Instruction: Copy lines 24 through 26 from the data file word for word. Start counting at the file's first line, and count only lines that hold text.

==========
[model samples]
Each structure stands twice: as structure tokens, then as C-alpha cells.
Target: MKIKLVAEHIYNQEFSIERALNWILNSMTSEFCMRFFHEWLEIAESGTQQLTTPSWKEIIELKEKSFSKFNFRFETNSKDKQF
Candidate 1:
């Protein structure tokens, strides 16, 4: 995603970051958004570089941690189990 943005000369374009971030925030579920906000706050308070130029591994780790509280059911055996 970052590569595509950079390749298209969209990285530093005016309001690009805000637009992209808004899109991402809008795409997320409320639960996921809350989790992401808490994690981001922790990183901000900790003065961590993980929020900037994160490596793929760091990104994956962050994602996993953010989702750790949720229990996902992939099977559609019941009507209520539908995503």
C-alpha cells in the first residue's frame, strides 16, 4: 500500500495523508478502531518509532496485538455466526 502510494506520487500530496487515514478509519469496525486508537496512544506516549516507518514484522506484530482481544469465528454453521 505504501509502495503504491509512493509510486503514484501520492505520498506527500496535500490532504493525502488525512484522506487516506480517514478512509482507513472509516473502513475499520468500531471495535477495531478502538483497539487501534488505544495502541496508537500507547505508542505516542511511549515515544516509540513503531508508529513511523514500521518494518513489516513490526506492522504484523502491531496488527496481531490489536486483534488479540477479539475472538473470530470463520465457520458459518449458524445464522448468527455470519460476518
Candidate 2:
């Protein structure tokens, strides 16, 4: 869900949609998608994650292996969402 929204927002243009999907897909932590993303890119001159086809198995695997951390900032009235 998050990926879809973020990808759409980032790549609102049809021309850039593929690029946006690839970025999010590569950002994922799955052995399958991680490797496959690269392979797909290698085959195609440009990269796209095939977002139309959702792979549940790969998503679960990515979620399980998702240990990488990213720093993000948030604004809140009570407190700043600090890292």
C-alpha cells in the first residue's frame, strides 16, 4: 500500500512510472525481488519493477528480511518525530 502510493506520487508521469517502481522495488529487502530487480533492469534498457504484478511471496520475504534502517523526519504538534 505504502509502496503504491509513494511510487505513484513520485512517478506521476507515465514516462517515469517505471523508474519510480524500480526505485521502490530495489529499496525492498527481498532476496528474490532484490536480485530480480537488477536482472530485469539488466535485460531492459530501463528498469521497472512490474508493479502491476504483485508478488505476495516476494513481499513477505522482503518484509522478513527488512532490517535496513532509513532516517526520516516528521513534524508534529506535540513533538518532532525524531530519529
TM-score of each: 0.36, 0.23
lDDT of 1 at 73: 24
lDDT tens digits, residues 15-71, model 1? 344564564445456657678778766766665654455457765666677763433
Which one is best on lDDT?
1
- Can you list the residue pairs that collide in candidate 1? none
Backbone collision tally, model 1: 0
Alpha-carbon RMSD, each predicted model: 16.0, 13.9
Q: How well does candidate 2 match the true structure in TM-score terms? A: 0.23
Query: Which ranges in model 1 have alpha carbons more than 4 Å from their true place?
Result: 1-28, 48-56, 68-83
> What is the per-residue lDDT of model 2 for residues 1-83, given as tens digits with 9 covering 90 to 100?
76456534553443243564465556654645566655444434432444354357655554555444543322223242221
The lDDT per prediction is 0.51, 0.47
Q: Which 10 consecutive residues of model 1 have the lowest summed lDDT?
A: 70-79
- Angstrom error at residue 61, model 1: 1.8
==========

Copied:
Q: Which 10 consecutive residues of model 1 have the lowest summed lDDT?
A: 70-79
- Angstrom error at residue 61, model 1: 1.8